Farm Ireland
Independent.ie

Tuesday 23 October 2018

Striking a balance between livestock and the environment

Mixed farming builds resilience into agriculture

Bullocks in a field at Drumlara, Between Kilcock and Summerhill Co Meath. Picture Credit : Frank Mc Grath
Bullocks in a field at Drumlara, Between Kilcock and Summerhill Co Meath. Picture Credit : Frank Mc Grath
Organic vegetable and fruit grower Grace Maher
Grace Maher

Grace Maher

As farmers around the country calculate the damage from recent weather extremes it once again illustrates just how vulnerable the sector is in the face of changing weather patterns.

Agriculture is on the climate change front-line and finding the delicate balance between reforming agricultural practices, food security and the sustainable use of natural resources is on-going.

One thing that is certain is that we must build resilience into farming systems so that they can better adapt to climatic challenges.

Mixed farming

Organic farming is widely acknowledged as a method of farming that reduces the impact on the environment, making it a good climate mitigation option.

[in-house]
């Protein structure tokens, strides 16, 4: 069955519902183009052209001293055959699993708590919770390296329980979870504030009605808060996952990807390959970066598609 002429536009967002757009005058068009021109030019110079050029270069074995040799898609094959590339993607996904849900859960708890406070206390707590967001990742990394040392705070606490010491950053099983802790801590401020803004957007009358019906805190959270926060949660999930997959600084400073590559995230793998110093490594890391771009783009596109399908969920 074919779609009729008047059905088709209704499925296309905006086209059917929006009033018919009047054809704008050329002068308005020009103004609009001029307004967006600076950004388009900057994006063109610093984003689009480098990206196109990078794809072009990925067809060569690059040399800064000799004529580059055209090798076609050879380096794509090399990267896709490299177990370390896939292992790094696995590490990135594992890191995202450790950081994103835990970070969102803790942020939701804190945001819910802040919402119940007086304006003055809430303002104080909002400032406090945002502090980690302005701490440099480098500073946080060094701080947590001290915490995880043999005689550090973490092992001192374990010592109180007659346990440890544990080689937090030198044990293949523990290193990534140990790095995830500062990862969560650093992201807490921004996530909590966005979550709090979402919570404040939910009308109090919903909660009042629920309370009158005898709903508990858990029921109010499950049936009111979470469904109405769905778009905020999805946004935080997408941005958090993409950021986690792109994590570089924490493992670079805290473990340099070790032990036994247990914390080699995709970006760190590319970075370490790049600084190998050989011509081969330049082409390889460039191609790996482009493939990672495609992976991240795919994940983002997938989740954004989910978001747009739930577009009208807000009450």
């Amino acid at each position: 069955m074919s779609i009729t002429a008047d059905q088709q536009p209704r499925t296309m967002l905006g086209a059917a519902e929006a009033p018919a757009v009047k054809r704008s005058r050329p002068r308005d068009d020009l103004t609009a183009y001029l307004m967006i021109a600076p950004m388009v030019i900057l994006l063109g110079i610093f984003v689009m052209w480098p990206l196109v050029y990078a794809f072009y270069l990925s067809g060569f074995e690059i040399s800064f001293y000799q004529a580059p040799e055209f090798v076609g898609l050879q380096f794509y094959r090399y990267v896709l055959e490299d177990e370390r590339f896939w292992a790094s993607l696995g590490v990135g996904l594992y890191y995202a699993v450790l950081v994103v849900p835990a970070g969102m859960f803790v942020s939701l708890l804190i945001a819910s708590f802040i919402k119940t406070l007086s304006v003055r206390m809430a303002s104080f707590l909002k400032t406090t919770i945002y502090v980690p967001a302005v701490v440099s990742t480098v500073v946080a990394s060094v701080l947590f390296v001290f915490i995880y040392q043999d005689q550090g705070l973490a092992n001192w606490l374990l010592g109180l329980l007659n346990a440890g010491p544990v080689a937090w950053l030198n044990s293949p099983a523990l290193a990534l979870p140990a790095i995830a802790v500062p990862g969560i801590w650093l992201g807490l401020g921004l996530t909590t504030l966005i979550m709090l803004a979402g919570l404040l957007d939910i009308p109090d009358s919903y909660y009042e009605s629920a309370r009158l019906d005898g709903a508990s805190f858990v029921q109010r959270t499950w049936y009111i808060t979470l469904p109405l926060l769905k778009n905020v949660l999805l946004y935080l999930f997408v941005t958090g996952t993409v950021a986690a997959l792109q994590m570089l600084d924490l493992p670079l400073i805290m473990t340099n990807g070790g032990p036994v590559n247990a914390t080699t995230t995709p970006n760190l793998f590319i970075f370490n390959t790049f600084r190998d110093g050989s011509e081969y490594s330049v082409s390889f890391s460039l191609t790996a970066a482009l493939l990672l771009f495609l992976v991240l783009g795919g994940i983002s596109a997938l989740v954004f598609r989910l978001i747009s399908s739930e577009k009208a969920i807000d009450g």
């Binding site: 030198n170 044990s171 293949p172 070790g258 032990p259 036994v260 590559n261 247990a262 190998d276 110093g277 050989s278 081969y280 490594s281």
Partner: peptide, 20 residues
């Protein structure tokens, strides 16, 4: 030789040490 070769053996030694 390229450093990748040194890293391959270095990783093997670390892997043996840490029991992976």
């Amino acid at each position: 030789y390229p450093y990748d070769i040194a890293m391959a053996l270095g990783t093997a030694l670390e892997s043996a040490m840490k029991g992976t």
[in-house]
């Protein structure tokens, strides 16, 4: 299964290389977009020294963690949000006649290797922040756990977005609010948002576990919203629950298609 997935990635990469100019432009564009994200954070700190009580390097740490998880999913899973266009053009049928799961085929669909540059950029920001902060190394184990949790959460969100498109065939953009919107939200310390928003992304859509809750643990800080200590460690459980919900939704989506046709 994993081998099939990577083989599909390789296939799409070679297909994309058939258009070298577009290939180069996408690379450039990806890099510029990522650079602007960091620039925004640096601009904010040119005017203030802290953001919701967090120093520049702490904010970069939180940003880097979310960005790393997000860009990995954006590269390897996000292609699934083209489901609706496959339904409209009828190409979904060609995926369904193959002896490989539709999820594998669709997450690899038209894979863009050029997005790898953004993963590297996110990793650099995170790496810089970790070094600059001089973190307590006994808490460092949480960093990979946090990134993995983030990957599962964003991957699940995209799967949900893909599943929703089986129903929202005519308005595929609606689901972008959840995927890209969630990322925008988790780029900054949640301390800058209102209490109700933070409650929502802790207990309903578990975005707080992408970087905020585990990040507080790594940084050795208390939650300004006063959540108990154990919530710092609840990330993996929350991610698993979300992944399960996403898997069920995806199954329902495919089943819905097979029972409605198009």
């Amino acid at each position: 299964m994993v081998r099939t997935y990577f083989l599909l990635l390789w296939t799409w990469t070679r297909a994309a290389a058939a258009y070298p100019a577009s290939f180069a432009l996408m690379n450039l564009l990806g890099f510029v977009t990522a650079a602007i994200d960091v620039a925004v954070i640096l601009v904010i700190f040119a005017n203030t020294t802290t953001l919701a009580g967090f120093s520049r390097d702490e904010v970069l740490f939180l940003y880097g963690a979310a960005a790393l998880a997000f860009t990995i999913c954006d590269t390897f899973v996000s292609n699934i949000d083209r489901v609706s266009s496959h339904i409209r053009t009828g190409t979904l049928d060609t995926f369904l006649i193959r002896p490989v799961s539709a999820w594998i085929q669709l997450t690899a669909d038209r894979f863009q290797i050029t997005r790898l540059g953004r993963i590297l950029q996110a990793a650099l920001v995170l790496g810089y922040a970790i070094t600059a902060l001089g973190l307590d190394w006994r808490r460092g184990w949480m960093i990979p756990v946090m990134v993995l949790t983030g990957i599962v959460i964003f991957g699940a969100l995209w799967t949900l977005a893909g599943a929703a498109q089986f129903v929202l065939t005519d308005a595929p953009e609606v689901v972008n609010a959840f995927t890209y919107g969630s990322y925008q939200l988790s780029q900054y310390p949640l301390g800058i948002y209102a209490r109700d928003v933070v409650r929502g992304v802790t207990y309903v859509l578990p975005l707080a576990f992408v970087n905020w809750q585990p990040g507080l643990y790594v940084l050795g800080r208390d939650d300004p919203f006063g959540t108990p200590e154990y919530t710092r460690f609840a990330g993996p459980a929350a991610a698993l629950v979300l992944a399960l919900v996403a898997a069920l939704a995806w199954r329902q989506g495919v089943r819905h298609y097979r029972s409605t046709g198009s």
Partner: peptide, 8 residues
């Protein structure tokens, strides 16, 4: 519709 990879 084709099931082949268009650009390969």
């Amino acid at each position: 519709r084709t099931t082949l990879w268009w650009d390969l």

One method of building resilience is mixed farming, something that is practiced widely in the organic sector.

This incorporates growing cash crops and livestock in a manner where the crop and animal components complement each other.

Productivity

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Some of the benefits of mixed farms are that they increase overall productivity, and they reduce the dependence on external inputs as crops grown are fed to livestock and animals fertilise the land growing the crops.

While mixed farms do require expertise in many areas, they also ensure the holding is less volatile as it spreads risk across different enterprises.

The additional benefits are fewer greenhouse gas emissions as nutrients are recycled in the system requiring less additional inputs.

Mixed farms also score well on biodiversity, ensuring farmers are delivering on eco-system services.

These farms tend to be species rich and nourish biodiversity making them not only more sustainable units for food production but also more climate resilient.

Grace Maher is development officer with the IOFGA, grace.maher@iofga.org.

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